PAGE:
Digital pens improve treatment of acute diabetes at Bethesda
18 November 2009
Mobile technology is helping patients with acute diabetes
manage their illness more effectively so that long-term complications
associated with the illness can be treated earlier.
A new telemedicine solution called DiabCareOnline from Germany’s
Ontaris combines a blood glucose meter and patient diary with the Anoto
digital pen and a mobile phone to enable faster communication of patient
data. The new system is already being rolled out to diabetes patients at
Bethesda Hospital in Stuttgart, Germany. The system is being highlighted
at medical trade fair Medica in Dusseldorf this week.
From the patient’s point of view, the monitoring process remains
virtually the same as before: they measure their blood sugar with the
meter and fill in their patient diaries. But instead of a normal pen
they use the Anoto digital pen, which automatically captures their
handwritten notes and converts them into digital format.
The digital pen (see above) looks like a ballpoint pen. A tiny infrared camera at
its tip tracks its movements relative to a grey dot pattern printed on
the pages of the patient diary, recording and storing what is being
Both the glucose meter (Accu Chek Aviva from Roche Diagnostics) and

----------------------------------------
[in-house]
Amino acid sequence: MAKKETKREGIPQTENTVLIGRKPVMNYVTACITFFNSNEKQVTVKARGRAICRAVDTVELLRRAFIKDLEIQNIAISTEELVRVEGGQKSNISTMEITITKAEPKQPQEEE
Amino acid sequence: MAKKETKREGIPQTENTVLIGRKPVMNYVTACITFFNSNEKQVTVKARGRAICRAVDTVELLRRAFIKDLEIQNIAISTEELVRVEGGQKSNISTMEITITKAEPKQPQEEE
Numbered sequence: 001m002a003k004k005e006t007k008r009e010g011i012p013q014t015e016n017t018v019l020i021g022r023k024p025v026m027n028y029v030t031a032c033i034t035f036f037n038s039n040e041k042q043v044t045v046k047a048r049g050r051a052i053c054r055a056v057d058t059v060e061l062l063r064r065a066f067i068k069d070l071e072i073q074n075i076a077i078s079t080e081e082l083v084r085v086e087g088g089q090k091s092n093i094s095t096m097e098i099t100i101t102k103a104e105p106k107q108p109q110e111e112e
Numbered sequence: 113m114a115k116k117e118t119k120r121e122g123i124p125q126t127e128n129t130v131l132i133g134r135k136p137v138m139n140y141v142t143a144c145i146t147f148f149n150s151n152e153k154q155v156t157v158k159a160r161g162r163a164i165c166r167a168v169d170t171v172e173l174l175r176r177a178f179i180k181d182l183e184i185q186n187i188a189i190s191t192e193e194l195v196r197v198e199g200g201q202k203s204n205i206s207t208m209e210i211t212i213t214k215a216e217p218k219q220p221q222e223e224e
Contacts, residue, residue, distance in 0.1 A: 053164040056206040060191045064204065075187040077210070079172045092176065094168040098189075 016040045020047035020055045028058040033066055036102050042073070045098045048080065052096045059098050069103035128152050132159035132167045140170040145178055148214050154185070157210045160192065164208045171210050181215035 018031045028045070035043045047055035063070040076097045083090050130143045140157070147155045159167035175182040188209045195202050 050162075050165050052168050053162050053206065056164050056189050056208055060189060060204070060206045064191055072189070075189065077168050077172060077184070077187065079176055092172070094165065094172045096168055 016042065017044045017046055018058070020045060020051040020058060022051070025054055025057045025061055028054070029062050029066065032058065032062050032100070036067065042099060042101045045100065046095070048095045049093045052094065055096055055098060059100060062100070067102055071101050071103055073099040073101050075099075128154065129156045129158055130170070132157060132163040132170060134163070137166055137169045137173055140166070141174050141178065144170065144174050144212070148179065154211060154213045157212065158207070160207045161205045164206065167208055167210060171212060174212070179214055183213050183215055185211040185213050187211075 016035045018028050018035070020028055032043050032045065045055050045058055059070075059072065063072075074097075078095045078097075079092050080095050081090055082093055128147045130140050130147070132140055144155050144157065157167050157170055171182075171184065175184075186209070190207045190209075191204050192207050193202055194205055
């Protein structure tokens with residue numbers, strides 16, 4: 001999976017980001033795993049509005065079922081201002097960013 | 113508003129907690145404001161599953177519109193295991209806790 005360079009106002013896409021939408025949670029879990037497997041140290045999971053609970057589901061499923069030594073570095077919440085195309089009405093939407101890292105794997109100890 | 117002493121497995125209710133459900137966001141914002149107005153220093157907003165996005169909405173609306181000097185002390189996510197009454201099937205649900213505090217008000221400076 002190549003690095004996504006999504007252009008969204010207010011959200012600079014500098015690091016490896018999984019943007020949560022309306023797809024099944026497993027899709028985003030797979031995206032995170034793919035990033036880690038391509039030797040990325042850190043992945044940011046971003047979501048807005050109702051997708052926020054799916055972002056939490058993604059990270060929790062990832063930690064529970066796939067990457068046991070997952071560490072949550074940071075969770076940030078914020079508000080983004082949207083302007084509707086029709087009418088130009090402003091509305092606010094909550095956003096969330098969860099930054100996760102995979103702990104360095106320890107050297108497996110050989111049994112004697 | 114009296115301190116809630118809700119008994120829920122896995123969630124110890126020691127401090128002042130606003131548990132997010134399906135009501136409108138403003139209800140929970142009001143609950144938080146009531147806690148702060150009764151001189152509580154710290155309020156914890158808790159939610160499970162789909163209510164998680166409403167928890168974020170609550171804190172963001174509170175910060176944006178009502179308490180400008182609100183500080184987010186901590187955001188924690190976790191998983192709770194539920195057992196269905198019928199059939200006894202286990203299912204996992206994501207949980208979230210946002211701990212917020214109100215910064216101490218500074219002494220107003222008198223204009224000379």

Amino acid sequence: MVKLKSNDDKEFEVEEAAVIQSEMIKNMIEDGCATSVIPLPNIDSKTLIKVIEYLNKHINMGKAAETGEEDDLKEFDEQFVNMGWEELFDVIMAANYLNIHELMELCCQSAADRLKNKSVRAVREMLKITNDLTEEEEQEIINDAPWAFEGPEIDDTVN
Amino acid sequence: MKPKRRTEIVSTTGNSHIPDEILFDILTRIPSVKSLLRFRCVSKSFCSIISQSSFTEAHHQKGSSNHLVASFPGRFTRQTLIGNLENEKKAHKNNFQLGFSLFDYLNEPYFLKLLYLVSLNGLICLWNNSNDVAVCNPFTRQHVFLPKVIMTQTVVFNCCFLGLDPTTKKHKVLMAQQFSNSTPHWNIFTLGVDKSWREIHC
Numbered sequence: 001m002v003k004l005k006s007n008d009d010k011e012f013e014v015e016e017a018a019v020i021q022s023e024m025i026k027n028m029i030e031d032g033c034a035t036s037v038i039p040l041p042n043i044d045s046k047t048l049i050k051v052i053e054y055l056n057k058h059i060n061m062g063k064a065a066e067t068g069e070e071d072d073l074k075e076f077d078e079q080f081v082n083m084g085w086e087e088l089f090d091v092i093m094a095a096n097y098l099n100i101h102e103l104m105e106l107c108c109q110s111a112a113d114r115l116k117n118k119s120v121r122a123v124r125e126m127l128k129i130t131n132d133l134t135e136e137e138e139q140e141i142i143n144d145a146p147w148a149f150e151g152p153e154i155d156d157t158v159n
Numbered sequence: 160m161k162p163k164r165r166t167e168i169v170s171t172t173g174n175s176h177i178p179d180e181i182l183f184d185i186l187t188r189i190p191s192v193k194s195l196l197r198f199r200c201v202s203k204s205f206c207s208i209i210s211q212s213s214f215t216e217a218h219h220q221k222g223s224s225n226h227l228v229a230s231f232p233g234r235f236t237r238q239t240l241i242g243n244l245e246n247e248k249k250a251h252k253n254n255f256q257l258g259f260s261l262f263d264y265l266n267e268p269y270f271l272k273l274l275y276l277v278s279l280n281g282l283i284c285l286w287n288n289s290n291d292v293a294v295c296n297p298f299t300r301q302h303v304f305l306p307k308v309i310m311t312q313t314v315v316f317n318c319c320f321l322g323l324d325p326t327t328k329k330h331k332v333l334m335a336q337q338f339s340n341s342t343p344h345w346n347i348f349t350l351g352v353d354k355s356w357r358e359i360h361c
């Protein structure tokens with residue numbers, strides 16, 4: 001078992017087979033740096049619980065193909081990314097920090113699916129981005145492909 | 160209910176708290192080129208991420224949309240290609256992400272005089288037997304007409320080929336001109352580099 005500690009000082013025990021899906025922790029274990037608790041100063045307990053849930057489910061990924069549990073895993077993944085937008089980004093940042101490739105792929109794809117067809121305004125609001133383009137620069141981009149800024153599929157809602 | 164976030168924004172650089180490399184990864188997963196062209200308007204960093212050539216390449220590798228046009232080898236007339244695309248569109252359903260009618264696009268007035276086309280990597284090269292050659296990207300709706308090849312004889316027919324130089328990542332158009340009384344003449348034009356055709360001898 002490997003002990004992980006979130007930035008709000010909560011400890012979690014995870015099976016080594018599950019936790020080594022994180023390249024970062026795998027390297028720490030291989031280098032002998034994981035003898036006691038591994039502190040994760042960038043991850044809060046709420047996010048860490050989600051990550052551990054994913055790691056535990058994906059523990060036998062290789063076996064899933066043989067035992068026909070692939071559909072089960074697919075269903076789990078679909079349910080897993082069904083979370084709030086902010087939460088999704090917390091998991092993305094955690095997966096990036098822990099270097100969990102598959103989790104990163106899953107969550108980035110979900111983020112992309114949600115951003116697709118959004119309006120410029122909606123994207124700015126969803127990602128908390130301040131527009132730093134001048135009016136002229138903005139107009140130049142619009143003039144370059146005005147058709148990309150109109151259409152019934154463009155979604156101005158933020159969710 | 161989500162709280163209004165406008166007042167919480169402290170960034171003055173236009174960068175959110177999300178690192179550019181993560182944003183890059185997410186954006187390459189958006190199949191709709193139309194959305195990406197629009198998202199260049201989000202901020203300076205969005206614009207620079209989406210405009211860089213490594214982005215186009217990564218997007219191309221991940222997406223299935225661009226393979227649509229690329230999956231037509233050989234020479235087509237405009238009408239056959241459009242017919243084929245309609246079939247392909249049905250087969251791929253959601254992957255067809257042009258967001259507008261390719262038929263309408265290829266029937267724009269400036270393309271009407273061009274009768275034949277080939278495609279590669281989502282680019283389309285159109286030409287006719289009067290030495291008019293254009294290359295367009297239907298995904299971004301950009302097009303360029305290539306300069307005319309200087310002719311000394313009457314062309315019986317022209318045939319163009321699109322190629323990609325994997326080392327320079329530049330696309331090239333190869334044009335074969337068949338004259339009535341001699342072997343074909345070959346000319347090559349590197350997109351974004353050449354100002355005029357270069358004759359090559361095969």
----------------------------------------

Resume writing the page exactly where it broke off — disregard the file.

the Anoto digital pen are Bluetooth-enabled. This enables results and
diary entries to be transmitted daily via a mobile phone to the
patient’s electronic health record. The readings are then automatically
compared with the patient’s specific blood sugar targets. If this
analysis reveals critical discrepancies, the consultant in charge of the
patient’s treatment can intervene more rapidly than previously possible.
This fast response can make a significant difference to the patient’s
well-being as acute health issues can be addressed much more quickly.
With much of the data analysis being handled remotely, diabetics also do
not have to attend as many appointments as before — benefitting both
patients and healthcare providers.
Academic studies and experience in the field have shown digital pen
and paper to be very user friendly as patients still use pen and paper,
just like before. This makes the new solution suitable for diabetics of
virtually all ages.